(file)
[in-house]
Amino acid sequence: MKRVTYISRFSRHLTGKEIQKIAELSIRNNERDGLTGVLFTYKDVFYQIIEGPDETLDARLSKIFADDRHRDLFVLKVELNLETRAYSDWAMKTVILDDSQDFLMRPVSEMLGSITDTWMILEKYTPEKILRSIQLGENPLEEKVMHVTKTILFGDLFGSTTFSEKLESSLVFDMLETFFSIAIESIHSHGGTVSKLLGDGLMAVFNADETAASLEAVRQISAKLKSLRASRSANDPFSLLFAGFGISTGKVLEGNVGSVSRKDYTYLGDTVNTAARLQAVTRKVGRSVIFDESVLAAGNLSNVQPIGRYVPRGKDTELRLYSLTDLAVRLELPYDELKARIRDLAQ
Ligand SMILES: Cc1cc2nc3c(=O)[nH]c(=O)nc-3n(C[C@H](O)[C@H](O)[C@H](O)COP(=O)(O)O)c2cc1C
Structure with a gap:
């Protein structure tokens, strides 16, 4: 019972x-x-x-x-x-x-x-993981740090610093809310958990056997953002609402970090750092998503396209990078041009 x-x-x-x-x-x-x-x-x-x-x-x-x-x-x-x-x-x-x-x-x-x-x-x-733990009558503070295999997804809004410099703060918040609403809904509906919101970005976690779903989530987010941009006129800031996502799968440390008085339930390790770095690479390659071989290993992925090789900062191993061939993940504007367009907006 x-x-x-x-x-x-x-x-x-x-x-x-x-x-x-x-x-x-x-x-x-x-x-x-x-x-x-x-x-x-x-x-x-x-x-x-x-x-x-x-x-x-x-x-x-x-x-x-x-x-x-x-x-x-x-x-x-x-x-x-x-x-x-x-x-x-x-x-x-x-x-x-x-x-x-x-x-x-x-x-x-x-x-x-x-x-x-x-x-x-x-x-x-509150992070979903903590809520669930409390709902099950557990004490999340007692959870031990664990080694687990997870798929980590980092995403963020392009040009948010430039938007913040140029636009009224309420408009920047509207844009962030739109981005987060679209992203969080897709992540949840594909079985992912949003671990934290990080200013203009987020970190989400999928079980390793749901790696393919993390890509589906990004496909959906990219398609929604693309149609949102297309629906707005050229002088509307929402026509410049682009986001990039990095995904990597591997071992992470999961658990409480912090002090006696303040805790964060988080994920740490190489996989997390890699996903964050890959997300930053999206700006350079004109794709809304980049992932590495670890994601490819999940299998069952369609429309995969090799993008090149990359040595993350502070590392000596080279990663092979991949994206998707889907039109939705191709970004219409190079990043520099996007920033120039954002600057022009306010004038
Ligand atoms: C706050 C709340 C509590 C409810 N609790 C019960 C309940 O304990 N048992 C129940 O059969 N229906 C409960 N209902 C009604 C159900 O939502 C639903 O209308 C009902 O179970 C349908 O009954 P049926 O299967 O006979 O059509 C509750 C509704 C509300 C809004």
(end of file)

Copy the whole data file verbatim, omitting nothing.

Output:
[in-house]
Amino acid sequence: MKRVTYISRFSRHLTGKEIQKIAELSIRNNERDGLTGVLFTYKDVFYQIIEGPDETLDARLSKIFADDRHRDLFVLKVELNLETRAYSDWAMKTVILDDSQDFLMRPVSEMLGSITDTWMILEKYTPEKILRSIQLGENPLEEKVMHVTKTILFGDLFGSTTFSEKLESSLVFDMLETFFSIAIESIHSHGGTVSKLLGDGLMAVFNADETAASLEAVRQISAKLKSLRASRSANDPFSLLFAGFGISTGKVLEGNVGSVSRKDYTYLGDTVNTAARLQAVTRKVGRSVIFDESVLAAGNLSNVQPIGRYVPRGKDTELRLYSLTDLAVRLELPYDELKARIRDLAQ
Ligand SMILES: Cc1cc2nc3c(=O)[nH]c(=O)nc-3n(C[C@H](O)[C@H](O)[C@H](O)COP(=O)(O)O)c2cc1C
Structure with a gap:
């Protein structure tokens, strides 16, 4: 019972x-x-x-x-x-x-x-993981740090610093809310958990056997953002609402970090750092998503396209990078041009 x-x-x-x-x-x-x-x-x-x-x-x-x-x-x-x-x-x-x-x-x-x-x-x-733990009558503070295999997804809004410099703060918040609403809904509906919101970005976690779903989530987010941009006129800031996502799968440390008085339930390790770095690479390659071989290993992925090789900062191993061939993940504007367009907006 x-x-x-x-x-x-x-x-x-x-x-x-x-x-x-x-x-x-x-x-x-x-x-x-x-x-x-x-x-x-x-x-x-x-x-x-x-x-x-x-x-x-x-x-x-x-x-x-x-x-x-x-x-x-x-x-x-x-x-x-x-x-x-x-x-x-x-x-x-x-x-x-x-x-x-x-x-x-x-x-x-x-x-x-x-x-x-x-x-x-x-x-x-509150992070979903903590809520669930409390709902099950557990004490999340007692959870031990664990080694687990997870798929980590980092995403963020392009040009948010430039938007913040140029636009009224309420408009920047509207844009962030739109981005987060679209992203969080897709992540949840594909079985992912949003671990934290990080200013203009987020970190989400999928079980390793749901790696393919993390890509589906990004496909959906990219398609929604693309149609949102297309629906707005050229002088509307929402026509410049682009986001990039990095995904990597591997071992992470999961658990409480912090002090006696303040805790964060988080994920740490190489996989997390890699996903964050890959997300930053999206700006350079004109794709809304980049992932590495670890994601490819999940299998069952369609429309995969090799993008090149990359040595993350502070590392000596080279990663092979991949994206998707889907039109939705191709970004219409190079990043520099996007920033120039954002600057022009306010004038
Ligand atoms: C706050 C709340 C509590 C409810 N609790 C019960 C309940 O304990 N048992 C129940 O059969 N229906 C409960 N209902 C009604 C159900 O939502 C639903 O209308 C009902 O179970 C349908 O009954 P049926 O299967 O006979 O059509 C509750 C509704 C509300 C809004």